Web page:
Amazon.com (NASDAQ:AMZN) reported first-quarter results Thursday evening. The company crushed its own profit projections, based on sales near the top end of the official guidance range. Let's have a closer look at Amazon's solid report.
By the numbers
Amazon's net sales rose 17% year over year, landing at $59.7 billion. This was achieved despite a currency exchange headwind of $1.1 billion on the top line -- roughly in line with the company's forecast. Back out the currency effects, and Amazon's revenue growth swells to 19%. Management's guidance range for this metric stretched from $56 billion to $60 billion and the actual result nearly matched the very top of this range.
Further down the income statement, Amazon's management set up a guidance range between $2.3 billion and $3.3 billion for operating income. As a matter of fact, operating profits more than doubled from $1.93 billion to $4.42 billion.
That's the end of Amazon's bare-bones guidance figures for this report, but investors do pay close attention to a few other metrics.
- GAAP net income surged 119% above the year-ago period's, stopping at $3.56 billion. Earnings rose 117% to $7.09 per diluted share, based on a stable share count.
- Amazon generated $1.85 billion of cash from operating activities, up from consuming $1.79 billion in the year-ago period. Free cash flow remained negative, as it usually does in the seasonally challenging first quarter, but the cash outflow decreased from $4.52 billion to $875 million. On a trailing-12-month basis, Amazon's free cash flow more than tripled from $7.3 billion to $23 billion.
Breaking it down by business segment
North American retail sales rose 17% to $35.8 billion. Operating profits in this segment doubled to $2.29 billion.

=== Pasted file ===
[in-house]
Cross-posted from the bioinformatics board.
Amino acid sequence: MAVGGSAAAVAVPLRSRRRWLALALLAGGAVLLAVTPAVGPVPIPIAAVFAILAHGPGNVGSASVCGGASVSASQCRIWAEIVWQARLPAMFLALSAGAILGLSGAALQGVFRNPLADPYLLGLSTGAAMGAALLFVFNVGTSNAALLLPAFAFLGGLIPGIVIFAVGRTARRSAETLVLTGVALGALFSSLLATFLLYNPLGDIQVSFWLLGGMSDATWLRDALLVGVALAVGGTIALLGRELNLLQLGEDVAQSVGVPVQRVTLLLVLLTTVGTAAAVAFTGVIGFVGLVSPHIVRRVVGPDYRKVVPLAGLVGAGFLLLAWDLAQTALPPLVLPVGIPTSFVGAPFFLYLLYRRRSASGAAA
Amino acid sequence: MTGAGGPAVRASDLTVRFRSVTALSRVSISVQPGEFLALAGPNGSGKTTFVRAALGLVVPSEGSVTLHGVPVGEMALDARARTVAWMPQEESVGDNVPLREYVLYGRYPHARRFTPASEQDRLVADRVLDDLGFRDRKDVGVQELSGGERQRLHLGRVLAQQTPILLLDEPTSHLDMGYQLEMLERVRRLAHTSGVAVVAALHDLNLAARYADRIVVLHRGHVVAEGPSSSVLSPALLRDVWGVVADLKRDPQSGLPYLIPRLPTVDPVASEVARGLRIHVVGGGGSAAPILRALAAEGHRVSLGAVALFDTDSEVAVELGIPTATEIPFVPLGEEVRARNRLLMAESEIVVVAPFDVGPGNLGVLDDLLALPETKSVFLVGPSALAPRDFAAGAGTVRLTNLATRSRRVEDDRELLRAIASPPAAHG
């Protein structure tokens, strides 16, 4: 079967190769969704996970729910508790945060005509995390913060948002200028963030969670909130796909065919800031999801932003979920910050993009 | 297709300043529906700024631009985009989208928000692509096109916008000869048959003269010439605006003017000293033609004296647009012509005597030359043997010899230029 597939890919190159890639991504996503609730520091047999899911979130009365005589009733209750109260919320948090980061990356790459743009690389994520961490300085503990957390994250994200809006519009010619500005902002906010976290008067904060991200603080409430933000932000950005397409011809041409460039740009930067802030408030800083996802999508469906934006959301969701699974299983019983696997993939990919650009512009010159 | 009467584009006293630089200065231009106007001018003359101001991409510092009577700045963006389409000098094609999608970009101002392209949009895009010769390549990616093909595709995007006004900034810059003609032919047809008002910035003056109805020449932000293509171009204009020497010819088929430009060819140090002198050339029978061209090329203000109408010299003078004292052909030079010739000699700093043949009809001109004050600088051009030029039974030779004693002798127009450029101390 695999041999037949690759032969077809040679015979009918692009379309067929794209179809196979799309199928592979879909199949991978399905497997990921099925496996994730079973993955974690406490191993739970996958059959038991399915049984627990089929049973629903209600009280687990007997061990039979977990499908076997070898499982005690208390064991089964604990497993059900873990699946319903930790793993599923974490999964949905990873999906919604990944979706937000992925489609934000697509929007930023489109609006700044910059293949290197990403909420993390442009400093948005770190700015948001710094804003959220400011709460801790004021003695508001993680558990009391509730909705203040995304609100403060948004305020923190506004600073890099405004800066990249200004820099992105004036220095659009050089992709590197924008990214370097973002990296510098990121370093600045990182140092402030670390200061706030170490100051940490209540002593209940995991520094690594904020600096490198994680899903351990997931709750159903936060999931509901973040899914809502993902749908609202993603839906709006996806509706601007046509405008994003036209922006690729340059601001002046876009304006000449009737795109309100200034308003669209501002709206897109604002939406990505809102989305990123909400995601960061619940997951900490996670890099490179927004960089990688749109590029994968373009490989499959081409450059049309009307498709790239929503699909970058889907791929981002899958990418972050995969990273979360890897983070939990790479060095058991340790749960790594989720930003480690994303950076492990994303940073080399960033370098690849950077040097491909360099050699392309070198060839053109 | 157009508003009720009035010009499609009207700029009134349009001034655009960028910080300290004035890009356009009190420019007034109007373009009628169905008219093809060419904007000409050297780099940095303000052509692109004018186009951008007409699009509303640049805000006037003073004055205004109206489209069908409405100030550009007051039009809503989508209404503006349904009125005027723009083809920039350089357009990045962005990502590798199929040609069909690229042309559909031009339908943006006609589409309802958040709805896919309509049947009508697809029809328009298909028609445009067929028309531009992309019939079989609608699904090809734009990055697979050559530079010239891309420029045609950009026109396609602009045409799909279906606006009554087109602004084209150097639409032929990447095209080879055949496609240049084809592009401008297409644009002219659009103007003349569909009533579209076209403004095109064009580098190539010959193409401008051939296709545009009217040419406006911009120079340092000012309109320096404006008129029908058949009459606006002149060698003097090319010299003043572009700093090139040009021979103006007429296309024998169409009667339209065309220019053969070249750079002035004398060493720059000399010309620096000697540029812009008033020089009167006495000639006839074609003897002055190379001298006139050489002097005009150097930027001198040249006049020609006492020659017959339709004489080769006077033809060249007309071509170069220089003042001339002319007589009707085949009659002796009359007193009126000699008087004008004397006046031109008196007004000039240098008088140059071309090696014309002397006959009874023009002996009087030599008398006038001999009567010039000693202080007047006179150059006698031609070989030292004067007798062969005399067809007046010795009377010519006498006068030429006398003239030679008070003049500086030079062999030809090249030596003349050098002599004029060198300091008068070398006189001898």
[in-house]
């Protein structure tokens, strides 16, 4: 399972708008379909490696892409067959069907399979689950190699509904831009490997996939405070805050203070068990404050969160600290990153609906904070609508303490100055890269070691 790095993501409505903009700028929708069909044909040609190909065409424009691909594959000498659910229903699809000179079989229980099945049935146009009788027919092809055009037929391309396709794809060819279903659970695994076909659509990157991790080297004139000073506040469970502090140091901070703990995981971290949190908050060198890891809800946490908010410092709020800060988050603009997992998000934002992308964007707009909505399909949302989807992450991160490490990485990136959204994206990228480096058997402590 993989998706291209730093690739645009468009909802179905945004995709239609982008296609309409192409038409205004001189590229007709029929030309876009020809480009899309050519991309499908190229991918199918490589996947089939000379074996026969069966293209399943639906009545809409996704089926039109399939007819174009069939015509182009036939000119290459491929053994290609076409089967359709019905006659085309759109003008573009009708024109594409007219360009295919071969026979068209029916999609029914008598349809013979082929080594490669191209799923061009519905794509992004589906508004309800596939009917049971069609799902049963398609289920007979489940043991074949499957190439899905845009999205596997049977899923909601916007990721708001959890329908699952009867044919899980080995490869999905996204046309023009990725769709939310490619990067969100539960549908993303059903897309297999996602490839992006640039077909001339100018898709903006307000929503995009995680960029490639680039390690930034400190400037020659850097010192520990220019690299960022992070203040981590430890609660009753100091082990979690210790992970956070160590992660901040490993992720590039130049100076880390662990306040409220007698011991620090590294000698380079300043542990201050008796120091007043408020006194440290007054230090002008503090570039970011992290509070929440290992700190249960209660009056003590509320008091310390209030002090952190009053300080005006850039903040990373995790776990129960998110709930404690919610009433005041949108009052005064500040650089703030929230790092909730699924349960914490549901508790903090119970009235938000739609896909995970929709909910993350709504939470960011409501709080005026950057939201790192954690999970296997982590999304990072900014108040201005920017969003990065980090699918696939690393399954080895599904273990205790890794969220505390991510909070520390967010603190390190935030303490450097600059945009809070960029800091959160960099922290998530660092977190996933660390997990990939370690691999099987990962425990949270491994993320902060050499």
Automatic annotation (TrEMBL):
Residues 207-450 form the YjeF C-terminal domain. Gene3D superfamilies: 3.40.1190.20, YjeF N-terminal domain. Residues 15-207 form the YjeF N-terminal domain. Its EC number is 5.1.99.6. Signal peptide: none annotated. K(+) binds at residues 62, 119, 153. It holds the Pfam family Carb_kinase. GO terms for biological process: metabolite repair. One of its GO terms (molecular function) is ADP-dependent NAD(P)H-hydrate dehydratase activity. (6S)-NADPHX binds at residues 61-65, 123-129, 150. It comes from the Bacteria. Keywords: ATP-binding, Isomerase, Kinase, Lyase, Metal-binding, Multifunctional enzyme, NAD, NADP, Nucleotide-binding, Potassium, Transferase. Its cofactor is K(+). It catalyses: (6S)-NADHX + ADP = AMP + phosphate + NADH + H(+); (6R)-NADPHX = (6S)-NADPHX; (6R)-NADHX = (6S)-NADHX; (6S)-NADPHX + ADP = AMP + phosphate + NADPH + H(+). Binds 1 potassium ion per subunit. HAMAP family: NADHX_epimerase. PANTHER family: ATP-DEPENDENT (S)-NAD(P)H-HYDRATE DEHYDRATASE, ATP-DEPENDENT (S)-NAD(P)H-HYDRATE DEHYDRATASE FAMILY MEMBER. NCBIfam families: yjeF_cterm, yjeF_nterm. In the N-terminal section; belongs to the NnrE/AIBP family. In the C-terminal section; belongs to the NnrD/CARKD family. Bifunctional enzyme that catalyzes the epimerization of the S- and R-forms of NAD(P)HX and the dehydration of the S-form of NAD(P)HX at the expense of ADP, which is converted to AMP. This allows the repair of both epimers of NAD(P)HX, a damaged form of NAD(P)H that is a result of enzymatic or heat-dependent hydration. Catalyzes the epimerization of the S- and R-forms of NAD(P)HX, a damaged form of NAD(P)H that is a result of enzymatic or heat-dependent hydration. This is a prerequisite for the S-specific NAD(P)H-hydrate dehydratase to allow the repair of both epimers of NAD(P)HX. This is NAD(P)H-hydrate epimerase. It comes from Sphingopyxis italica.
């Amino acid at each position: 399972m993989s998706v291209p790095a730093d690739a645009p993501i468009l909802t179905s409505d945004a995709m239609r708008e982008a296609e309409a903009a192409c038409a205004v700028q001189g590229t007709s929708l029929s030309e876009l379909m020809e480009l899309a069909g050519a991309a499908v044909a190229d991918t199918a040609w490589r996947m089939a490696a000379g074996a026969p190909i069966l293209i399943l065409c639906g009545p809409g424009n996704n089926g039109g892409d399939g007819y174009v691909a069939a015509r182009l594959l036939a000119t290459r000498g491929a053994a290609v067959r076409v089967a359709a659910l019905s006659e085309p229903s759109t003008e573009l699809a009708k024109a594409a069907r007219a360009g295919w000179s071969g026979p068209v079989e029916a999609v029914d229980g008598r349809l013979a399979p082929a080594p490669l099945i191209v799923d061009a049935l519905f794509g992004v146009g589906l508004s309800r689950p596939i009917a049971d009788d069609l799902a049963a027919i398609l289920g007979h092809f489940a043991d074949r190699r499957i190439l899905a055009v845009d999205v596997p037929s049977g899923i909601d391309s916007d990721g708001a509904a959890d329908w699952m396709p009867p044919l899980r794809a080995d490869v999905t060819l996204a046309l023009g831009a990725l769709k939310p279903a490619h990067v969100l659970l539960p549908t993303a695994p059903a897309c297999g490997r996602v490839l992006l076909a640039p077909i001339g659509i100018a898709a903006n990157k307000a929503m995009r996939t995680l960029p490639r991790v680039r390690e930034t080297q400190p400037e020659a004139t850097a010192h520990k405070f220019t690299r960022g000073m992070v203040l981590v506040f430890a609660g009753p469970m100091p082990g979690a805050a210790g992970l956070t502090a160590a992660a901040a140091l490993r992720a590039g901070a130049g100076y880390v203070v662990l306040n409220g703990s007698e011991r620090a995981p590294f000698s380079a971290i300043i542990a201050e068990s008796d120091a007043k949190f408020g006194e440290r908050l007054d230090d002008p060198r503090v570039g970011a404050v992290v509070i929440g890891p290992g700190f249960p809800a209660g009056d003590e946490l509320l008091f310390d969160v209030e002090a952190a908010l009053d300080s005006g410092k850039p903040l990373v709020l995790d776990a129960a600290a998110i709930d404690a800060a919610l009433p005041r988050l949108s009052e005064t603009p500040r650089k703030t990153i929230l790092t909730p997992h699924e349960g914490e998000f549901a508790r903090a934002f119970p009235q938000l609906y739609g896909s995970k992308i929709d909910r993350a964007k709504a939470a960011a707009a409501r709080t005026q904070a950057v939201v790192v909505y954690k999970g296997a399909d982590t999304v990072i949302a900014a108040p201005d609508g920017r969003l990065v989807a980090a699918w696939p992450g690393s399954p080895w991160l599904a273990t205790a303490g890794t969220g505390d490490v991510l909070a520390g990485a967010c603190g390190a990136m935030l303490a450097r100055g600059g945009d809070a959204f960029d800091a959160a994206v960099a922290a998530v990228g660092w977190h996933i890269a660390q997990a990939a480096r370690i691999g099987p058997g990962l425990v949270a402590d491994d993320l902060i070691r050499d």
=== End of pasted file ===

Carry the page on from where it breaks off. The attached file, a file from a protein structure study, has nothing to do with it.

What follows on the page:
International e-commerce revenue increased by 9%, stopping at $16.2 billion. This division tightened up its operating losses from $622 million to $90 million.
The cloud computing services found in the Amazon Web Services (AWS) segment produced net sales of $7.7 billion. That's a 41% year-over-year boost, driving the division's operating profits 58% higher to $2.22 billion.
In other words, the bulk of Amazon's revenue growth came from the AWS division, but the North American e-commerce and Whole Foods operations pulled their weight in terms of profit increases.
For the second quarter, Amazon provided the following guidance ranges:
- Net sales should land between $59.5 billion and $63.5 billion, which amounts to a 17% year-over-year increase at the midpoint. This target includes a softer currency exchange headwind, slowing down from 1.8% in the first quarter to approximately 1.5% in the current period.
- Operating income could come in as low as $2.6 billion or as high as $3.6 billion. At the midpoint, that's fairly comparable to the year-ago quarter's $3 billion result.
- Work the math on these guidance targets and you'll see that Amazon's operating margin should stop somewhere between 4.1% and 6.1%. That would be down from 7.4% in Q1 and mostly below the 5.6% margin that was recorded in the second quarter of 2018.
What management said
On the earnings call, CFO Brian Olsavsky provided some commentary on why the second-quarter profit margins are trending lower. It's all about rising costs related to upgrades in the Amazon Prime shipping program:
We're currently working on evolving our Prime free two-day shipping program to be a free one-day shipping program. We're able to do this because we've spent 20-plus years expanding our fulfillment and logistics network, but this is still a big investment and a lot of work to do ahead of us. For Q2 guidance, we've included approximately $800 million of incremental spend related to this investment.
And just to clarify, we have been offering obviously faster than two-day shipping for Prime members for years. One-day, same-day, even down to one- to two-hour delivery for Prime Now. So we're going to continue to do to offer same-day and Prime Now selection on accelerated basis, but this is all about the core free two-day offer evolving into a free one-day offer. We've already started down this path.
The company has already started these improvements, expanding both the service area and the items eligible for one-day shipping during the first quarter. There's simply a lot more work left to do.
"It's a significant step and it will take us time to achieve and we want to ensure that we have a good delivery experience for our customers as we evolve the software," Olsavsky said.
Editor's note: The GAAP net income figure in this article has been corrected to $3.56 billion.